brake rotor face cracking

Watch Out For Pad Depth And Rotor Face Cracking

When racing, there are a couple of things to watch for as far as your brake pads are concerned: loss of material depth (between the front of the backing plate and the face of the pad) and irregularities on the edges or across the face of the pad.

If a pad is thinner than the backing plate, you’ve got a problem. Replace your pads immediately. (See how to replace brake pads here.)

If the pads have rough edges and/or radial or longitudinal cracks across the rotor face, you might have bigger problems. Since the pad material undergoes heat-cycles under load, significant chunks of the pad face could suddenly pull away from the backing plate and cause problems with the rotors, which could lead to major failure at speed.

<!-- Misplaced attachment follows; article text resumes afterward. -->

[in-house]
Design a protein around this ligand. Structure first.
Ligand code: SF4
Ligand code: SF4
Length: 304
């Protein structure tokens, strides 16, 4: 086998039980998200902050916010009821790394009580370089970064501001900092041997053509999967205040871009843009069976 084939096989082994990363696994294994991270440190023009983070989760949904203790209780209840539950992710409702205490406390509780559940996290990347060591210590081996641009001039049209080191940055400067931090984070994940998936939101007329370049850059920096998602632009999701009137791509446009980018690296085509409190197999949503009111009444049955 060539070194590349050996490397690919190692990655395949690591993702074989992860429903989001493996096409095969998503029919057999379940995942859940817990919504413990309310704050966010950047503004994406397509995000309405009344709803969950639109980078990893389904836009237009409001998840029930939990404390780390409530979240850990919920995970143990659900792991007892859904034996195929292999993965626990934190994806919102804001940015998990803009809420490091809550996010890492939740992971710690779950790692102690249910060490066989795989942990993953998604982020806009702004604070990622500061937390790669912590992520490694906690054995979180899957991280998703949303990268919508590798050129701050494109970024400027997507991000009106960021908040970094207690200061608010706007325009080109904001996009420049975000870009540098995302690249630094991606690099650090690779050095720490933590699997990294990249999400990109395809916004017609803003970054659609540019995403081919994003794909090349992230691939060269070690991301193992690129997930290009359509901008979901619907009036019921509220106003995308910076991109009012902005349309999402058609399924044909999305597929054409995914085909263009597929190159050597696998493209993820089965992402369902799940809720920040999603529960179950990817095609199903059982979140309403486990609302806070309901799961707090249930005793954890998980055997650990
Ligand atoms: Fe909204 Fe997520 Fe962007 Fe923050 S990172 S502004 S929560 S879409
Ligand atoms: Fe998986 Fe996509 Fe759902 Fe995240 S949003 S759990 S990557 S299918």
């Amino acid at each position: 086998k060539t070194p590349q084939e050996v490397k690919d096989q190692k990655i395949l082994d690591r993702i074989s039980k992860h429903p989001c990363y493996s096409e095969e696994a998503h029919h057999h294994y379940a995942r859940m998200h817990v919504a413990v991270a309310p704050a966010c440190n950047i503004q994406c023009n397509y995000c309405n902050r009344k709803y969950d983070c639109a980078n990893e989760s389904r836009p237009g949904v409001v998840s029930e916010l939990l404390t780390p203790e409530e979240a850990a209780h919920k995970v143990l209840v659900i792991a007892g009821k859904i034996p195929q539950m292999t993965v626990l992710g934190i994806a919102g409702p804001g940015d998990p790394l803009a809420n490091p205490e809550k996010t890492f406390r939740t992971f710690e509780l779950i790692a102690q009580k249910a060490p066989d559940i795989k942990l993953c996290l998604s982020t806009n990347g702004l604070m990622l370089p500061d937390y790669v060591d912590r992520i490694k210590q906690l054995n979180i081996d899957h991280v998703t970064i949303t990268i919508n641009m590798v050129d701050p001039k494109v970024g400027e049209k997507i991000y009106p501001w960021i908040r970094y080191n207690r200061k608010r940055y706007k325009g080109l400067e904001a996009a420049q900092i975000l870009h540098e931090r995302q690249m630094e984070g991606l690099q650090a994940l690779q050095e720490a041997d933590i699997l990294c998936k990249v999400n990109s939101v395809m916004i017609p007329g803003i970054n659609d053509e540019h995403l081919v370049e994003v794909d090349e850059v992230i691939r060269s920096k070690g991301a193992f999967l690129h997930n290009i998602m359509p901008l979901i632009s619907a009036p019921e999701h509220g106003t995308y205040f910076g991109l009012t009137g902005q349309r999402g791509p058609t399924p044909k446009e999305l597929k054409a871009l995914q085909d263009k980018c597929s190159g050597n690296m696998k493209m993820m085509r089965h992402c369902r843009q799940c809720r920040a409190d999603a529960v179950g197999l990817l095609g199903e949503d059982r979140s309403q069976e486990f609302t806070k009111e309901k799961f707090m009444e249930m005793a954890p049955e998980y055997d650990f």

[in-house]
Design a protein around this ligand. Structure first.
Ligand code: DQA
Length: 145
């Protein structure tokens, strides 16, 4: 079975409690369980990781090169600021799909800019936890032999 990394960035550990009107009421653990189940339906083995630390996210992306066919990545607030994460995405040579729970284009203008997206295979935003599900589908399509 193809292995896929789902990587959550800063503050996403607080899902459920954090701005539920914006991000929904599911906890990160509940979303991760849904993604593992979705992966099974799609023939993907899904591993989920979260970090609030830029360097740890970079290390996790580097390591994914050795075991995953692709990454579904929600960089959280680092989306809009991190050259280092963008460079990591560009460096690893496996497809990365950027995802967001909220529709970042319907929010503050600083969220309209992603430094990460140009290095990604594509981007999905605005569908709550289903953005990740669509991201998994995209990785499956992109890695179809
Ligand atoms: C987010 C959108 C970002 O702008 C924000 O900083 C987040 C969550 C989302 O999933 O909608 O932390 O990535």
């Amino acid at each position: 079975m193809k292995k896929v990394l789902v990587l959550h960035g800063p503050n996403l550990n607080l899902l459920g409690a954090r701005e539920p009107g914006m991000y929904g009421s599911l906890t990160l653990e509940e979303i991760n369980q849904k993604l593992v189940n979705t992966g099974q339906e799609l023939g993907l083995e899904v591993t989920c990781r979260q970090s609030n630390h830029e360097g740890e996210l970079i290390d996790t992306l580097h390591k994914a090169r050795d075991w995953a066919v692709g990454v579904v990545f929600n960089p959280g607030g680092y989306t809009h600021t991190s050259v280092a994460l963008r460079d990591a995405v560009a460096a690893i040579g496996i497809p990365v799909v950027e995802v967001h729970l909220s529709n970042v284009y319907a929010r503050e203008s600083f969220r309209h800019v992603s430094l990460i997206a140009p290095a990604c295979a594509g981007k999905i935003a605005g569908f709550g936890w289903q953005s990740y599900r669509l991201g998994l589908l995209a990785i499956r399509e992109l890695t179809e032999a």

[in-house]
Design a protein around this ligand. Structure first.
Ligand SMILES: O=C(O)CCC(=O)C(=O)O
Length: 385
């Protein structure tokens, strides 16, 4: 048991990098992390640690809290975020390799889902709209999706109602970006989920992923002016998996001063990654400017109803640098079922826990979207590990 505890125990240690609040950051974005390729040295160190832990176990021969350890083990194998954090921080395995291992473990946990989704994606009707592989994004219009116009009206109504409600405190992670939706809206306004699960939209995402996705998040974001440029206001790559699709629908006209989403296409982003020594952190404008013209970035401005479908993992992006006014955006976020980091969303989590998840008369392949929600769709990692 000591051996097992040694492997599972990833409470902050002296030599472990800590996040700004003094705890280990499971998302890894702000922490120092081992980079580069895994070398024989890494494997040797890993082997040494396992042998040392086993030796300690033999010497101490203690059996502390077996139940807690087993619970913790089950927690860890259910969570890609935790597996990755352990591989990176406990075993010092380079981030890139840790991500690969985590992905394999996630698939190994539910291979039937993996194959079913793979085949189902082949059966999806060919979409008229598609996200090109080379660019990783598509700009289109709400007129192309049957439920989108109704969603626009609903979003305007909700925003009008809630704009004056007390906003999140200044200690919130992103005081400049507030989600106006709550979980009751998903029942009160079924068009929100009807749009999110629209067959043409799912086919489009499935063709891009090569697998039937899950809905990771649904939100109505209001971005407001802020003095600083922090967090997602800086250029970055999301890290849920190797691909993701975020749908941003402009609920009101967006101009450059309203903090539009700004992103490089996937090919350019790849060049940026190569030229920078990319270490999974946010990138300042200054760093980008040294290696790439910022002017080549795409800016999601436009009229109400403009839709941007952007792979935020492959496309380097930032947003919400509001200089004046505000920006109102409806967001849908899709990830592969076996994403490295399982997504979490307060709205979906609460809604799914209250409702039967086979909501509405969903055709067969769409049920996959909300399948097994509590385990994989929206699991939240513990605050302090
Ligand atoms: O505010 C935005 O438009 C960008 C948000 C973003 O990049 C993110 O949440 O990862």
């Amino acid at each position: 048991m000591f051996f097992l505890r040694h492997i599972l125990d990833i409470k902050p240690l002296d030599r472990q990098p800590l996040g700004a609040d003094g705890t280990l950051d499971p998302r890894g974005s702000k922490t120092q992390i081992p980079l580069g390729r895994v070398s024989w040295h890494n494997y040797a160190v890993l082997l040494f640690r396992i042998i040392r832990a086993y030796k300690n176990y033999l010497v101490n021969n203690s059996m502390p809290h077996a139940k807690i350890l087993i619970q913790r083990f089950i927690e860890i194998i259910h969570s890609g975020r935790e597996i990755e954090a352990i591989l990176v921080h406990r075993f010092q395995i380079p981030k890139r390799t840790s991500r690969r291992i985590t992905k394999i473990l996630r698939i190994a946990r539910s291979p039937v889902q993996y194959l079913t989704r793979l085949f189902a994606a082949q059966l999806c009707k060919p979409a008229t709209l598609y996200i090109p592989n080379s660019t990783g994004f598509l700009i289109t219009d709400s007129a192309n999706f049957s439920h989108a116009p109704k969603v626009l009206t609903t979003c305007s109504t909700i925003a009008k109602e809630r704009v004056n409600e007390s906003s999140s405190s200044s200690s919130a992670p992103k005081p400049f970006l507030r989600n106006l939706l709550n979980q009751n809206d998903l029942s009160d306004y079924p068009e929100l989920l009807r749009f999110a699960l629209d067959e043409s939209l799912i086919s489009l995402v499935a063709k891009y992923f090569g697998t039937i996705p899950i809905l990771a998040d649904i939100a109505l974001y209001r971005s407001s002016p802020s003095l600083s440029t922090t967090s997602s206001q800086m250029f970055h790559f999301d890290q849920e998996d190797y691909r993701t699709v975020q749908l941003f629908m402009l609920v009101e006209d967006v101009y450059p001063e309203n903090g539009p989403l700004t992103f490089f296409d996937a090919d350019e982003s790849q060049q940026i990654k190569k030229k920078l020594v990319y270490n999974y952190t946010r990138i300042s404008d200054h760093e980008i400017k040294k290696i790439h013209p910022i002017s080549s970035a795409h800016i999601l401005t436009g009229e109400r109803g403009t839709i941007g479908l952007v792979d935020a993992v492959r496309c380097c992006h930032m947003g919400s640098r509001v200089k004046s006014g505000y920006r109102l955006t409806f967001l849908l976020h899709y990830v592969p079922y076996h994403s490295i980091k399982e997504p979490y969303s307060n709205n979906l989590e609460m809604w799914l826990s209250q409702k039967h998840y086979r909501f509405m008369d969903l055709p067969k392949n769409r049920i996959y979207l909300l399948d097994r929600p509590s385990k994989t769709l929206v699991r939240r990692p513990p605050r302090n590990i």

This kind of pad degradation can trigger crazing where microscopic cracks and undulations show up across the rotor’s surface. To fix, skim or lightly turn the rotor face to smooth it out.

Bear in mind that skimming does not represent a full-scale machine turning of the rotor. It is only intended to take “…4-6 thousandths of an inch and does not cause the discs to go below thickness’, according to specs offered by EBC Racing Brakes.

Whatever you decide to do, either pad replacement or skimming, do it before you get back on the track. For more guidance on inspecting brake pads, check out this post from

Watch Out For Pad Depth & Rotor Face Cracking
Article Name
Watch Out For Pad Depth & Rotor Face Cracking
Pad wear in racing is physically defined by a couple of characteristics. The first is a loss of material depth and the second is degradation or irregularities.
Publisher Name
Buy Brakes
Publisher Logo